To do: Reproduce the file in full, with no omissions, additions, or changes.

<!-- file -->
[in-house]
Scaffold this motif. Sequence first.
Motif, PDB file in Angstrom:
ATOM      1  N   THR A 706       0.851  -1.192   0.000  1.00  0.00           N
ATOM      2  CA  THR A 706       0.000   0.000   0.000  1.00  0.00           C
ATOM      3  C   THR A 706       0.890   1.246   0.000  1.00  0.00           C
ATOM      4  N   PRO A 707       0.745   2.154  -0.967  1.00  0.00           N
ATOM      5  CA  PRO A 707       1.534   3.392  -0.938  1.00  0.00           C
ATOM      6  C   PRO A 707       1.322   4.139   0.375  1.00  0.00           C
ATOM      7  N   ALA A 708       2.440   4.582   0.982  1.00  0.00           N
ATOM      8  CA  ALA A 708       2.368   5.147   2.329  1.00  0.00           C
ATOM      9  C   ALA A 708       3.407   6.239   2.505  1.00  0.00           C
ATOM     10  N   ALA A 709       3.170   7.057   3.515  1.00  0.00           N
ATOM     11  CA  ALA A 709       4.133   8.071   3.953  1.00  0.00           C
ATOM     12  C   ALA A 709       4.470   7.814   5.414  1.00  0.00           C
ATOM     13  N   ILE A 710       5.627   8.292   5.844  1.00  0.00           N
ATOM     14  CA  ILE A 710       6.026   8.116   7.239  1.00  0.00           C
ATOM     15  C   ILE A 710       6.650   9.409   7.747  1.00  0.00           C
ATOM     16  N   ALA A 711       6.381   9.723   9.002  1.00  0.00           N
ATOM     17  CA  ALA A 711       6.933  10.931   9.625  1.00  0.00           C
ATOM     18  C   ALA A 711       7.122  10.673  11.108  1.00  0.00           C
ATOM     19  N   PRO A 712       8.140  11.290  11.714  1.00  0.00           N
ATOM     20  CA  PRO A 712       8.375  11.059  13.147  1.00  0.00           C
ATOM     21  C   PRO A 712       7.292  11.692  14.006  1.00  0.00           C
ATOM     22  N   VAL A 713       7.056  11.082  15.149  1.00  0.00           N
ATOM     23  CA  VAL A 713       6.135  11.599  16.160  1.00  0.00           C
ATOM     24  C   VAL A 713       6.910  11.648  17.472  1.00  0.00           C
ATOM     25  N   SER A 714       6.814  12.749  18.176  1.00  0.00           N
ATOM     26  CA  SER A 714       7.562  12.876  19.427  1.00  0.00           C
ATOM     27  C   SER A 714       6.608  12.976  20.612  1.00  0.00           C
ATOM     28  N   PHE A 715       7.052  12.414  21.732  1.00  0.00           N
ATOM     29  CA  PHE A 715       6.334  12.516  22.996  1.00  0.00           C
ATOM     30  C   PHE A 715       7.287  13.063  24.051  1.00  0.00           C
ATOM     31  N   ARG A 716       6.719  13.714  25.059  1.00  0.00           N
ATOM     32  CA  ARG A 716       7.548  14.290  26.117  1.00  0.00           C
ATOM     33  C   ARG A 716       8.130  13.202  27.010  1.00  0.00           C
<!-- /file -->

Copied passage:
[in-house]
Scaffold this motif. Sequence first.
Motif, PDB file in Angstrom:
ATOM      1  N   THR A 706       0.851  -1.192   0.000  1.00  0.00           N
ATOM      2  CA  THR A 706       0.000   0.000   0.000  1.00  0.00           C
ATOM      3  C   THR A 706       0.890   1.246   0.000  1.00  0.00           C
ATOM      4  N   PRO A 707       0.745   2.154  -0.967  1.00  0.00           N
ATOM      5  CA  PRO A 707       1.534   3.392  -0.938  1.00  0.00           C
ATOM      6  C   PRO A 707       1.322   4.139   0.375  1.00  0.00           C
ATOM      7  N   ALA A 708       2.440   4.582   0.982  1.00  0.00           N
ATOM      8  CA  ALA A 708       2.368   5.147   2.329  1.00  0.00           C
ATOM      9  C   ALA A 708       3.407   6.239   2.505  1.00  0.00           C
ATOM     10  N   ALA A 709       3.170   7.057   3.515  1.00  0.00           N
ATOM     11  CA  ALA A 709       4.133   8.071   3.953  1.00  0.00           C
ATOM     12  C   ALA A 709       4.470   7.814   5.414  1.00  0.00           C
ATOM     13  N   ILE A 710       5.627   8.292   5.844  1.00  0.00           N
ATOM     14  CA  ILE A 710       6.026   8.116   7.239  1.00  0.00           C
ATOM     15  C   ILE A 710       6.650   9.409   7.747  1.00  0.00           C
ATOM     16  N   ALA A 711       6.381   9.723   9.002  1.00  0.00           N
ATOM     17  CA  ALA A 711       6.933  10.931   9.625  1.00  0.00           C
ATOM     18  C   ALA A 711       7.122  10.673  11.108  1.00  0.00           C
ATOM     19  N   PRO A 712       8.140  11.290  11.714  1.00  0.00           N
ATOM     20  CA  PRO A 712       8.375  11.059  13.147  1.00  0.00           C
ATOM     21  C   PRO A 712       7.292  11.692  14.006  1.00  0.00           C
ATOM     22  N   VAL A 713       7.056  11.082  15.149  1.00  0.00           N
ATOM     23  CA  VAL A 713       6.135  11.599  16.160  1.00  0.00           C
ATOM     24  C   VAL A 713       6.910  11.648  17.472  1.00  0.00           C
ATOM     25  N   SER A 714       6.814  12.749  18.176  1.00  0.00           N
ATOM     26  CA  SER A 714       7.562  12.876  19.427  1.00  0.00           C
ATOM     27  C   SER A 714       6.608  12.976  20.612  1.00  0.00           C
ATOM     28  N   PHE A 715       7.052  12.414  21.732  1.00  0.00           N
ATOM     29  CA  PHE A 715       6.334  12.516  22.996  1.00  0.00           C
ATOM     30  C   PHE A 715       7.287  13.063  24.051  1.00  0.00           C
ATOM     31  N   ARG A 716       6.719  13.714  25.059  1.00  0.00           N
ATOM     32  CA  ARG A 716       7.548  14.290  26.117  1.00  0.00           C
ATOM     33  C   ARG A 716       8.130  13.202  27.010  1.00  0.00           C